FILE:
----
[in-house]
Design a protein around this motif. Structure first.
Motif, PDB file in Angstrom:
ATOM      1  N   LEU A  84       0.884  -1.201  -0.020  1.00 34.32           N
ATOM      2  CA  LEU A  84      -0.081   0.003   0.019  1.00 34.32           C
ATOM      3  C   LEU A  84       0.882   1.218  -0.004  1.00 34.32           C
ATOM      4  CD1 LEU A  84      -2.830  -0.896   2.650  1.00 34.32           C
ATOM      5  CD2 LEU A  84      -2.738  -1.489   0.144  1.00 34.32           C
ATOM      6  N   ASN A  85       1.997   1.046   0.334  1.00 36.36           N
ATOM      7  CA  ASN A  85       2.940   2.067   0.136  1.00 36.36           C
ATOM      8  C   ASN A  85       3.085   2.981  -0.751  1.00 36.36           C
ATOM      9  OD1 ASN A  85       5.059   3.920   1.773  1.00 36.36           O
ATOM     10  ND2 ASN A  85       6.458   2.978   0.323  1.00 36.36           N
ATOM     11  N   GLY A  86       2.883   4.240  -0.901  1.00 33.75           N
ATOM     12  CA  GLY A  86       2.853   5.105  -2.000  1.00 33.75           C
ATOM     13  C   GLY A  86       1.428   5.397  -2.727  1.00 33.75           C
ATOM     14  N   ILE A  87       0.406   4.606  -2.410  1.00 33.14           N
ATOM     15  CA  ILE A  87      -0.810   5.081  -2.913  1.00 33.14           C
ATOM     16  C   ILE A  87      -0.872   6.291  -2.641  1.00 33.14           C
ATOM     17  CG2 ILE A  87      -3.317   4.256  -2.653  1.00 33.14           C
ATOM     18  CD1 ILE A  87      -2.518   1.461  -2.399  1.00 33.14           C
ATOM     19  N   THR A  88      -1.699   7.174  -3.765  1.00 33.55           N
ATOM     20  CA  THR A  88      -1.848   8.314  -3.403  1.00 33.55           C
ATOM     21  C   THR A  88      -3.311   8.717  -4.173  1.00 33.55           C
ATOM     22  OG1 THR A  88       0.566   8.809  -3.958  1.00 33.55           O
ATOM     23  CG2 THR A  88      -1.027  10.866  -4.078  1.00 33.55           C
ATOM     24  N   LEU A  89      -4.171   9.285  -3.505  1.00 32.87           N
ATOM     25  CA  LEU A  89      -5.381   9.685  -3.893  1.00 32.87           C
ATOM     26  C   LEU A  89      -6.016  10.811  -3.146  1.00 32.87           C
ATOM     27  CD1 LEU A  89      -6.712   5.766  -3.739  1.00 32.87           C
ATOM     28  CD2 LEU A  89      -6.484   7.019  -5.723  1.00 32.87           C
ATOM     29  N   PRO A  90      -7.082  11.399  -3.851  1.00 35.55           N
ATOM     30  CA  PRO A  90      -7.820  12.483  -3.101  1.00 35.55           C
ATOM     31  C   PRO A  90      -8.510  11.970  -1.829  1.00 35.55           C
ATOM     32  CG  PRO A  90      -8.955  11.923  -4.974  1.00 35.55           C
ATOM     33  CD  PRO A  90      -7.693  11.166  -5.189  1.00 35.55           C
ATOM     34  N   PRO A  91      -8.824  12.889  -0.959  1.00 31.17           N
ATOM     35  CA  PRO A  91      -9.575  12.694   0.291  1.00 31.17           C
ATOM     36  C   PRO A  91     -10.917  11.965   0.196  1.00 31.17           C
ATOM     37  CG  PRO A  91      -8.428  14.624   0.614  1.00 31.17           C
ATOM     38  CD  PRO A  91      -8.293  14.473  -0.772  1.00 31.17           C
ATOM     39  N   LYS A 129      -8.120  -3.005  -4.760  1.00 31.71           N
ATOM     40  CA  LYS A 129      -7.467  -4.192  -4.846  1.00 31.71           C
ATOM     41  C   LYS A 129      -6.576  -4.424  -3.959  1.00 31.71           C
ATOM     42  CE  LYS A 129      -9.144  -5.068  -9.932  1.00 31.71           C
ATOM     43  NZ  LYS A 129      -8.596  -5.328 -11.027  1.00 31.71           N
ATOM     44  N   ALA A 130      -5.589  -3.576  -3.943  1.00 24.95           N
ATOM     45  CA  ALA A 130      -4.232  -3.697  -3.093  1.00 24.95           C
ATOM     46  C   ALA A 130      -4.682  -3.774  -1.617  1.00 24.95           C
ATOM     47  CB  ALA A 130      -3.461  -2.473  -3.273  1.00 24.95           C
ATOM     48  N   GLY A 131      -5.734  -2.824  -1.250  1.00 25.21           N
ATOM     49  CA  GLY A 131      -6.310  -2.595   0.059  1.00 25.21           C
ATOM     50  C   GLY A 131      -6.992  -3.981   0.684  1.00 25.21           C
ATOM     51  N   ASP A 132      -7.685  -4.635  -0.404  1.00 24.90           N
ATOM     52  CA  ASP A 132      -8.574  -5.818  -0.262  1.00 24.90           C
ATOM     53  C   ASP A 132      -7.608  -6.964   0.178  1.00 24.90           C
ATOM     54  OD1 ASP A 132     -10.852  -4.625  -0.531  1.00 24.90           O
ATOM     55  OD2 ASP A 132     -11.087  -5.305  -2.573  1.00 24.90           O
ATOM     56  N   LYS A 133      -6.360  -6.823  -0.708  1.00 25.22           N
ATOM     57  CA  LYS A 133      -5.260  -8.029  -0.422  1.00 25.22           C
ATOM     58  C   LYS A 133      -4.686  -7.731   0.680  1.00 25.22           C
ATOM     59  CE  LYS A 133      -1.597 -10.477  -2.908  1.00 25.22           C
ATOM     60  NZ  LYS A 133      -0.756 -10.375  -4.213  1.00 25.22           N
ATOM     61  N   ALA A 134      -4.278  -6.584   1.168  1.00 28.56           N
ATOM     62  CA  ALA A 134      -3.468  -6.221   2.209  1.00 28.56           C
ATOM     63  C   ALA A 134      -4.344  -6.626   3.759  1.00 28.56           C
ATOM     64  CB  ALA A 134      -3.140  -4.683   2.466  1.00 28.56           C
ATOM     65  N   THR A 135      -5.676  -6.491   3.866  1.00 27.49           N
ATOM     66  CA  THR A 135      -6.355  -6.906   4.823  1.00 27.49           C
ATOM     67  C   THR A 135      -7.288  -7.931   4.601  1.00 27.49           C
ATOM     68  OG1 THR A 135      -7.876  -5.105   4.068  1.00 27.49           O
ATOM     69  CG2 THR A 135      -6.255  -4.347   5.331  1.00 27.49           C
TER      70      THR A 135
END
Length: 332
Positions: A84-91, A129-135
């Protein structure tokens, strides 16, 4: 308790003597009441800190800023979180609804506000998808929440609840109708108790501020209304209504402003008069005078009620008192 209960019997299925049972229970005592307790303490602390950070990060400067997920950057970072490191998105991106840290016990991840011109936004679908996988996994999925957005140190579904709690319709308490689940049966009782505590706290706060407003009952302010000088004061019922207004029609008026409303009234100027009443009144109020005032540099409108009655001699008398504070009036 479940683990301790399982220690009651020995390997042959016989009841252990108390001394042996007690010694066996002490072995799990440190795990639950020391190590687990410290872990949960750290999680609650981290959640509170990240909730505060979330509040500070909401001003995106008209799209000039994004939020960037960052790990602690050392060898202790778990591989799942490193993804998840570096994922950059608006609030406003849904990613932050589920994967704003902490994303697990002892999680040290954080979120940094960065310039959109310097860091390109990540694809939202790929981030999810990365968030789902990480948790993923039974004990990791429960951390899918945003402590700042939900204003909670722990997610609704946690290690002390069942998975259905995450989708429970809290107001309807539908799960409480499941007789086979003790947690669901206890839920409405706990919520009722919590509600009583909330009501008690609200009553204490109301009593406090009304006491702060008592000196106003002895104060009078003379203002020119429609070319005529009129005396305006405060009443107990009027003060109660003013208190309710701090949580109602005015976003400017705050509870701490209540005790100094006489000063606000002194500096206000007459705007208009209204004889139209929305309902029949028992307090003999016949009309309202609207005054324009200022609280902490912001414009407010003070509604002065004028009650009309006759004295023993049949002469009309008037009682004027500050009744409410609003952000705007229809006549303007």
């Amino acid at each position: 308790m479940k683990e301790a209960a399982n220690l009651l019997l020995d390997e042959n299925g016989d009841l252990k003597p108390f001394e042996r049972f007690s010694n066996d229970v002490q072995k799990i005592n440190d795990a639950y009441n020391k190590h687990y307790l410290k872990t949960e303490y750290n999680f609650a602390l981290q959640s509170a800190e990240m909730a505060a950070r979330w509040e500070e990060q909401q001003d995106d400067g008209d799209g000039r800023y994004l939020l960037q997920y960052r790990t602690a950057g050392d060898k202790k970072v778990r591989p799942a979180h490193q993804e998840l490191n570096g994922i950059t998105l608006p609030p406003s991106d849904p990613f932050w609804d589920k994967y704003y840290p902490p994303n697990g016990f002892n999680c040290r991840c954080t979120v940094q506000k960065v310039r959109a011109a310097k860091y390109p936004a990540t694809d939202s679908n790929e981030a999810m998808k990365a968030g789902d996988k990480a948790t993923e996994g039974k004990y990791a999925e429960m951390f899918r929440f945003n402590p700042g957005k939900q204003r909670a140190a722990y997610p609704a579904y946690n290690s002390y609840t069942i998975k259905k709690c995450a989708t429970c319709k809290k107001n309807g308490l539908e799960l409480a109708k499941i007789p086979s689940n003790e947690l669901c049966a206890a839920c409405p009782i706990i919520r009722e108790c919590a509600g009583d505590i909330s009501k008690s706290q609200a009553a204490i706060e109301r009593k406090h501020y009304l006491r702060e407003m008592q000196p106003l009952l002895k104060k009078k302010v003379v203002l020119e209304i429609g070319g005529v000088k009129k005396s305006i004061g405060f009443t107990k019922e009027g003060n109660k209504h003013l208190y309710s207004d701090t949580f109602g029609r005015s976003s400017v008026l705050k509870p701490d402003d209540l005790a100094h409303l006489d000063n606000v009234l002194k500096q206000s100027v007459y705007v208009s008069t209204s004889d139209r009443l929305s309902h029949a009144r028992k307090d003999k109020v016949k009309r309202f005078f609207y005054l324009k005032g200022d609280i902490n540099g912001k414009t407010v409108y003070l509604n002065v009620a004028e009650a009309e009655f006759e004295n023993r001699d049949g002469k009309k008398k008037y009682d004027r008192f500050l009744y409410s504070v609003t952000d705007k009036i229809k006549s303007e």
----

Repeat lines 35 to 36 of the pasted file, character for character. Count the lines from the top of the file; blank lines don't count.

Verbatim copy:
ATOM     32  CG  PRO A  90      -8.955  11.923  -4.974  1.00 35.55           C
ATOM     33  CD  PRO A  90      -7.693  11.166  -5.189  1.00 35.55           C